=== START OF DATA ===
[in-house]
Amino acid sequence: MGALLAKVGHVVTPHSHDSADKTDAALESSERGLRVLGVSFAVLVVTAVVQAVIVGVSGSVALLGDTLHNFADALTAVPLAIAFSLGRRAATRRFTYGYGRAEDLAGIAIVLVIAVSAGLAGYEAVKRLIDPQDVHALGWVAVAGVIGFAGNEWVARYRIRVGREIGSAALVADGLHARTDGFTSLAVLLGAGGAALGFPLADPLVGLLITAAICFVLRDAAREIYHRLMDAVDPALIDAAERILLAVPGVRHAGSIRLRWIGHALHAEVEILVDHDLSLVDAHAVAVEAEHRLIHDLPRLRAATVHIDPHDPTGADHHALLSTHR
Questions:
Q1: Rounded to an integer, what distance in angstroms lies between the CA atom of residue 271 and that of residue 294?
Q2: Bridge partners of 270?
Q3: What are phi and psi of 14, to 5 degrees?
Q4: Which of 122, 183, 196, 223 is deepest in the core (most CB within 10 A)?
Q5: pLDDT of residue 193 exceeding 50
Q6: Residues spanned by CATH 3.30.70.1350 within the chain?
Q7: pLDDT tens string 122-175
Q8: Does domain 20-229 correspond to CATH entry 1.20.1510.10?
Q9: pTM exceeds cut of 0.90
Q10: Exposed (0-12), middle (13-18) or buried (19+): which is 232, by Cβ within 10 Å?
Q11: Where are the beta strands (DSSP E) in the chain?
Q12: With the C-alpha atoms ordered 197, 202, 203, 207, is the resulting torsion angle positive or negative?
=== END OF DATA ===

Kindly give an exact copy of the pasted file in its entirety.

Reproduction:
[in-house]
Amino acid sequence: MGALLAKVGHVVTPHSHDSADKTDAALESSERGLRVLGVSFAVLVVTAVVQAVIVGVSGSVALLGDTLHNFADALTAVPLAIAFSLGRRAATRRFTYGYGRAEDLAGIAIVLVIAVSAGLAGYEAVKRLIDPQDVHALGWVAVAGVIGFAGNEWVARYRIRVGREIGSAALVADGLHARTDGFTSLAVLLGAGGAALGFPLADPLVGLLITAAICFVLRDAAREIYHRLMDAVDPALIDAAERILLAVPGVRHAGSIRLRWIGHALHAEVEILVDHDLSLVDAHAVAVEAEHRLIHDLPRLRAATVHIDPHDPTGADHHALLSTHR
Questions:
Q1: Rounded to an integer, what distance in angstroms lies between the CA atom of residue 271 and that of residue 294?
Q2: Bridge partners of 270?
Q3: What are phi and psi of 14, to 5 degrees?
Q4: Which of 122, 183, 196, 223 is deepest in the core (most CB within 10 A)?
Q5: pLDDT of residue 193 exceeding 50
Q6: Residues spanned by CATH 3.30.70.1350 within the chain?
Q7: pLDDT tens string 122-175
Q8: Does domain 20-229 correspond to CATH entry 1.20.1510.10?
Q9: pTM exceeds cut of 0.90
Q10: Exposed (0-12), middle (13-18) or buried (19+): which is 232, by Cβ within 10 Å?
Q11: Where are the beta strands (DSSP E) in the chain?
Q12: With the C-alpha atoms ordered 197, 202, 203, 207, is the resulting torsion angle positive or negative?